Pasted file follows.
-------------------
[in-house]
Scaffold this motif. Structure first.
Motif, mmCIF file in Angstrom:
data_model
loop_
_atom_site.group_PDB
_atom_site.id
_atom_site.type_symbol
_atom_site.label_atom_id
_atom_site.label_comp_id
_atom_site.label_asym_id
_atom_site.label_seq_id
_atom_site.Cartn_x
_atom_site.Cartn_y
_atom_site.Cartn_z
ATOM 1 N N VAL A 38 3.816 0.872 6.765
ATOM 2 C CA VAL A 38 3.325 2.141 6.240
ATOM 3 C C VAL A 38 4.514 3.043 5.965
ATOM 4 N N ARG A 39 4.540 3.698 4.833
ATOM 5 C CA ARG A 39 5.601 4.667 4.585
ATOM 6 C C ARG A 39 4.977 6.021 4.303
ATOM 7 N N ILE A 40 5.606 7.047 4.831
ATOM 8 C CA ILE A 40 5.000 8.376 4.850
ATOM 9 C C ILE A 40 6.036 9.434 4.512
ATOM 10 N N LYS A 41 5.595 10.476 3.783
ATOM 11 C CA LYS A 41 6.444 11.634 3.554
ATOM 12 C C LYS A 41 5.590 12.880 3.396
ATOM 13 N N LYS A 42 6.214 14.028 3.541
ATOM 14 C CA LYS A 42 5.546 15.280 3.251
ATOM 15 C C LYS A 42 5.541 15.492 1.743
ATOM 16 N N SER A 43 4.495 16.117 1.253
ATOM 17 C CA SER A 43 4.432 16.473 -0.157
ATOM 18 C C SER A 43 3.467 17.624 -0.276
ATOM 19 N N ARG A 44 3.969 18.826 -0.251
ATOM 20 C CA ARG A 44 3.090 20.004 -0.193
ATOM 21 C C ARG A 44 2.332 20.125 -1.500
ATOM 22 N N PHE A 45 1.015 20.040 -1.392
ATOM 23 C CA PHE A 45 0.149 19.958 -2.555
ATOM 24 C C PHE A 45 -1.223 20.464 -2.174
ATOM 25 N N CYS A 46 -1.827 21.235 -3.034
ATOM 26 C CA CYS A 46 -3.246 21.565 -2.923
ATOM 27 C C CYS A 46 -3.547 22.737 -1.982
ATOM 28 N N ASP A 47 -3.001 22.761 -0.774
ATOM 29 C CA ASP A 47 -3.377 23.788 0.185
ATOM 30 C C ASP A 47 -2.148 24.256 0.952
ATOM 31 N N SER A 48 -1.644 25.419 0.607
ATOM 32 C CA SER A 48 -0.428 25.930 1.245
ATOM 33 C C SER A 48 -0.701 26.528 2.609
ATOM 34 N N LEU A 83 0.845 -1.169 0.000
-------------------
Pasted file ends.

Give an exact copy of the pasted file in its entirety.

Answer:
[in-house]
Scaffold this motif. Structure first.
Motif, mmCIF file in Angstrom:
data_model
loop_
_atom_site.group_PDB
_atom_site.id
_atom_site.type_symbol
_atom_site.label_atom_id
_atom_site.label_comp_id
_atom_site.label_asym_id
_atom_site.label_seq_id
_atom_site.Cartn_x
_atom_site.Cartn_y
_atom_site.Cartn_z
ATOM 1 N N VAL A 38 3.816 0.872 6.765
ATOM 2 C CA VAL A 38 3.325 2.141 6.240
ATOM 3 C C VAL A 38 4.514 3.043 5.965
ATOM 4 N N ARG A 39 4.540 3.698 4.833
ATOM 5 C CA ARG A 39 5.601 4.667 4.585
ATOM 6 C C ARG A 39 4.977 6.021 4.303
ATOM 7 N N ILE A 40 5.606 7.047 4.831
ATOM 8 C CA ILE A 40 5.000 8.376 4.850
ATOM 9 C C ILE A 40 6.036 9.434 4.512
ATOM 10 N N LYS A 41 5.595 10.476 3.783
ATOM 11 C CA LYS A 41 6.444 11.634 3.554
ATOM 12 C C LYS A 41 5.590 12.880 3.396
ATOM 13 N N LYS A 42 6.214 14.028 3.541
ATOM 14 C CA LYS A 42 5.546 15.280 3.251
ATOM 15 C C LYS A 42 5.541 15.492 1.743
ATOM 16 N N SER A 43 4.495 16.117 1.253
ATOM 17 C CA SER A 43 4.432 16.473 -0.157
ATOM 18 C C SER A 43 3.467 17.624 -0.276
ATOM 19 N N ARG A 44 3.969 18.826 -0.251
ATOM 20 C CA ARG A 44 3.090 20.004 -0.193
ATOM 21 C C ARG A 44 2.332 20.125 -1.500
ATOM 22 N N PHE A 45 1.015 20.040 -1.392
ATOM 23 C CA PHE A 45 0.149 19.958 -2.555
ATOM 24 C C PHE A 45 -1.223 20.464 -2.174
ATOM 25 N N CYS A 46 -1.827 21.235 -3.034
ATOM 26 C CA CYS A 46 -3.246 21.565 -2.923
ATOM 27 C C CYS A 46 -3.547 22.737 -1.982
ATOM 28 N N ASP A 47 -3.001 22.761 -0.774
ATOM 29 C CA ASP A 47 -3.377 23.788 0.185
ATOM 30 C C ASP A 47 -2.148 24.256 0.952
ATOM 31 N N SER A 48 -1.644 25.419 0.607
ATOM 32 C CA SER A 48 -0.428 25.930 1.245
ATOM 33 C C SER A 48 -0.701 26.528 2.609
ATOM 34 N N LEU A 83 0.845 -1.169 0.000